ANDERSON, Calif. - The skies over southeastern Shasta County were filled with planes all weekend long, but not the type you ride in, these were remote controlled.
The roar of engines could be heard all day Saturday and Sunday as 50 competitors went wing-to-wing for the 3rd Annual Fly'n Ash Fast races at the Ash Creek RC Park southeast of Anderon on Saturday and Sunday.
"It's competition, it get in your blood," said Lauren Braucht , a racer, plane builder and the organizer. "I've played soccer on a high competitive level, I rodeo-ed for a long time, and it's just the thrill of it."
The remote controlled, or RC, planes were divided into three categories, depending in the aircrafts top speed.
While they may be small in scale, Braucht said they're as fast as can be.
"A lot of people will go, ‘Oh, these are toys.' They're not toys, they're actually real flying airplanes. Four feet off the ground doing about 180 miles an hour," he said. "They're on steroids is what they are. They are a world class athlete running."
Above all, the sport of RC racing is engineering meeting skill.
And its pilots, or controllers, like Logan Shaw, who really make them go. And it takes some athletic skill.
"Honestly, hand-eye coordination is the key for this. So that's the main concept right there," Shaw said. "You got to be one with the plane."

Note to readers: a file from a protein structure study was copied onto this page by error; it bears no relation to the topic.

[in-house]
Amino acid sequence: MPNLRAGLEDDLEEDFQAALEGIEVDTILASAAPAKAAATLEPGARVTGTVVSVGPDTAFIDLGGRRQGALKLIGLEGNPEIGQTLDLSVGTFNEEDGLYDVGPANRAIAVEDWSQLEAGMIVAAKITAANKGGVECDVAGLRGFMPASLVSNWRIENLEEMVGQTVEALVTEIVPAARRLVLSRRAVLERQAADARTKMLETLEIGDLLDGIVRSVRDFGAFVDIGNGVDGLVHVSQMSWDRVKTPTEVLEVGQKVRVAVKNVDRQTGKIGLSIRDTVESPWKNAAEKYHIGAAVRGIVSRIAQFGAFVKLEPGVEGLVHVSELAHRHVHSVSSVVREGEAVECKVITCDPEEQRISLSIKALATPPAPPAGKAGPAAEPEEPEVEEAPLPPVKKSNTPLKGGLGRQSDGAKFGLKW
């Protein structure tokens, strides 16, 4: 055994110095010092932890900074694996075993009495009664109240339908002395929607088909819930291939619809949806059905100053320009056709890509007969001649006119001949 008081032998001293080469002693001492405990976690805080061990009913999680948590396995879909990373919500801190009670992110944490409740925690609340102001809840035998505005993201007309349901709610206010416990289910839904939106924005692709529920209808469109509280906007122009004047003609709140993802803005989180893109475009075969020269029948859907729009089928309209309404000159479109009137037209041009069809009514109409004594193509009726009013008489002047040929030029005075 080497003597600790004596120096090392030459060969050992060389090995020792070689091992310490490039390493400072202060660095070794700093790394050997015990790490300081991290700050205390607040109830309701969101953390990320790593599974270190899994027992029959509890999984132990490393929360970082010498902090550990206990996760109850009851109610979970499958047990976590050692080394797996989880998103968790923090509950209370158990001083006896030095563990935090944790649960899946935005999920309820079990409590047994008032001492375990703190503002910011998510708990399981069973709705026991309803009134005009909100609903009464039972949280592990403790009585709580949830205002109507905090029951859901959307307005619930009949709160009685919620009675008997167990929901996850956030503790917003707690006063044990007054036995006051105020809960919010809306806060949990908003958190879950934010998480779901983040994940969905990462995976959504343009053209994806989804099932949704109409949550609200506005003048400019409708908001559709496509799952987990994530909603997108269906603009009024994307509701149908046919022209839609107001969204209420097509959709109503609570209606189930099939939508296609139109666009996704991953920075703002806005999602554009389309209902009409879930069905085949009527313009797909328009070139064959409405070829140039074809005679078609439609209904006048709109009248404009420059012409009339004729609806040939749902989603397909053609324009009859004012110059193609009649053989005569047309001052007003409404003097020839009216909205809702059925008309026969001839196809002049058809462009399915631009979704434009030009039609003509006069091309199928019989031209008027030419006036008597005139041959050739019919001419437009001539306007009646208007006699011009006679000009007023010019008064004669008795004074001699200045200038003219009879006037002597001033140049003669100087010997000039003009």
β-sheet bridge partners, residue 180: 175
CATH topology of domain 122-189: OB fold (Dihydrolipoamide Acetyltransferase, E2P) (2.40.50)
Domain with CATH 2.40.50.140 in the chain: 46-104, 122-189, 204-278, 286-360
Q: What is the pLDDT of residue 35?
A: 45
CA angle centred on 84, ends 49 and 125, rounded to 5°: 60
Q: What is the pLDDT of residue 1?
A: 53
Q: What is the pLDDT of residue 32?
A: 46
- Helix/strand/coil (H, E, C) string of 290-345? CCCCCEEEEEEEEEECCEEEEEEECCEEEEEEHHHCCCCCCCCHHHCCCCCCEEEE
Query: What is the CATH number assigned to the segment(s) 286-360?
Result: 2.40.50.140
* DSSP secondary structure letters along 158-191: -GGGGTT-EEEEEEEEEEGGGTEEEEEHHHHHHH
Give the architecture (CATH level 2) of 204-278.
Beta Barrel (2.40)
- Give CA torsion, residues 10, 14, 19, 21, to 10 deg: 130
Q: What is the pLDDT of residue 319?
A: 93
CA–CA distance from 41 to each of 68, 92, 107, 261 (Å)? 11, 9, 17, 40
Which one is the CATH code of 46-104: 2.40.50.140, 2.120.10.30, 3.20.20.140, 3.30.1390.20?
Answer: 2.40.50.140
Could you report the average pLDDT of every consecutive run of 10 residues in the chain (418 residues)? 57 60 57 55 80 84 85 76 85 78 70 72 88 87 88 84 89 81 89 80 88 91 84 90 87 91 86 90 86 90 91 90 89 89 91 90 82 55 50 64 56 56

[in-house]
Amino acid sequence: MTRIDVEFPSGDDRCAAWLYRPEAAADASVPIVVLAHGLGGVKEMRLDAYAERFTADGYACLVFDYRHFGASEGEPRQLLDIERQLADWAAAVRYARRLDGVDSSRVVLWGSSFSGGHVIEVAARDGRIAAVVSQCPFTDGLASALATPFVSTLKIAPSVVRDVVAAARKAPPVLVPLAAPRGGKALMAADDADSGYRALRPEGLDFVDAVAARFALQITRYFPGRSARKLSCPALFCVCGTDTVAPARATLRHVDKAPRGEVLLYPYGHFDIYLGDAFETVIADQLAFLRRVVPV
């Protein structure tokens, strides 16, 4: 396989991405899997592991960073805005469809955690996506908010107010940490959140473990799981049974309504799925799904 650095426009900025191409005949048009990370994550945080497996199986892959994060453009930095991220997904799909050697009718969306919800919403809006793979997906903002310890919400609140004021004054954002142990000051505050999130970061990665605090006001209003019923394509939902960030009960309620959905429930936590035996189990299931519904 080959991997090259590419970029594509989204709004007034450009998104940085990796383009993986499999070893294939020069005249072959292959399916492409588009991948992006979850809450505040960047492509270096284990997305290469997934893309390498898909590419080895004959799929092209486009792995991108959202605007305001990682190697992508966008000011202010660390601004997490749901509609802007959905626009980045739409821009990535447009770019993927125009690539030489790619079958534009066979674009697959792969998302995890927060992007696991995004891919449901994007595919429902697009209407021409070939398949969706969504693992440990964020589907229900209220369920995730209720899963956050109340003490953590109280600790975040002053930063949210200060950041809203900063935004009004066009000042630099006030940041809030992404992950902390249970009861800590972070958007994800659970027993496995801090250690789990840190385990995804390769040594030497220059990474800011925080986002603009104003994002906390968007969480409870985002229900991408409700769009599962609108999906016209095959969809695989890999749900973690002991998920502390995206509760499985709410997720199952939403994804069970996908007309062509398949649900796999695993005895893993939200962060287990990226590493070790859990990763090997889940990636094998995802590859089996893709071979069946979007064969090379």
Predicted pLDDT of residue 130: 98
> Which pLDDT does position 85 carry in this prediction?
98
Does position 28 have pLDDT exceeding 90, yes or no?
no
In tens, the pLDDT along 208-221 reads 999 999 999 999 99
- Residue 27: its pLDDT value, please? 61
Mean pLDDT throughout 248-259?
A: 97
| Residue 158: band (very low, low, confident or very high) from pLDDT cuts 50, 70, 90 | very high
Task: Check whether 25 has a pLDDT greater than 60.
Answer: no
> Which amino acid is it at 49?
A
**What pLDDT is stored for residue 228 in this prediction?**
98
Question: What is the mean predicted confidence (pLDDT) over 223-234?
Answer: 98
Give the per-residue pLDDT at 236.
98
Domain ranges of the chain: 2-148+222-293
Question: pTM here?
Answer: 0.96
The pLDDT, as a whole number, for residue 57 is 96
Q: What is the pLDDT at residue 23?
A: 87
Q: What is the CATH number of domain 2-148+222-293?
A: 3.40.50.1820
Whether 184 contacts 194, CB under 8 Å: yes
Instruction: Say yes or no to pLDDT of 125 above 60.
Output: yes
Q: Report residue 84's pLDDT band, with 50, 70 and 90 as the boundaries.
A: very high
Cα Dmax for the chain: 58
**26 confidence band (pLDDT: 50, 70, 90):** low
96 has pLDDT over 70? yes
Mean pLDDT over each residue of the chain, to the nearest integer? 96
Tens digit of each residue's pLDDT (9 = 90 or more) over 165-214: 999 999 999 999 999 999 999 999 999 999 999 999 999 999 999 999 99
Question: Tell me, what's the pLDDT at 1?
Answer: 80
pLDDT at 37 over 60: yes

And in a world dominated by his elders, 21-year-old Shaw is holding his own.
"Yeah, I'm the young one," Shaw admits with a laugh. "I won this race last year. I've won a few races down in (Sacramento)."
And winning this race is no small victory. Two competitors this year traveled from as far away as Utah and Nevada, with six world championships between them.
While Braucht says the thrill of winning and competing is great, it's just as much or more about the RC racing family.
"This is all about friendships and camaraderie and sporting event. And all different walks of life are here."
It's a sport that's been growing in the Northstate, and the 22 acre Ash Creek RC Park is a great venue for RC plane enthusiast.
Braucht says there's plenty more room to grow.
"I think people would go absolutely crazy over this."
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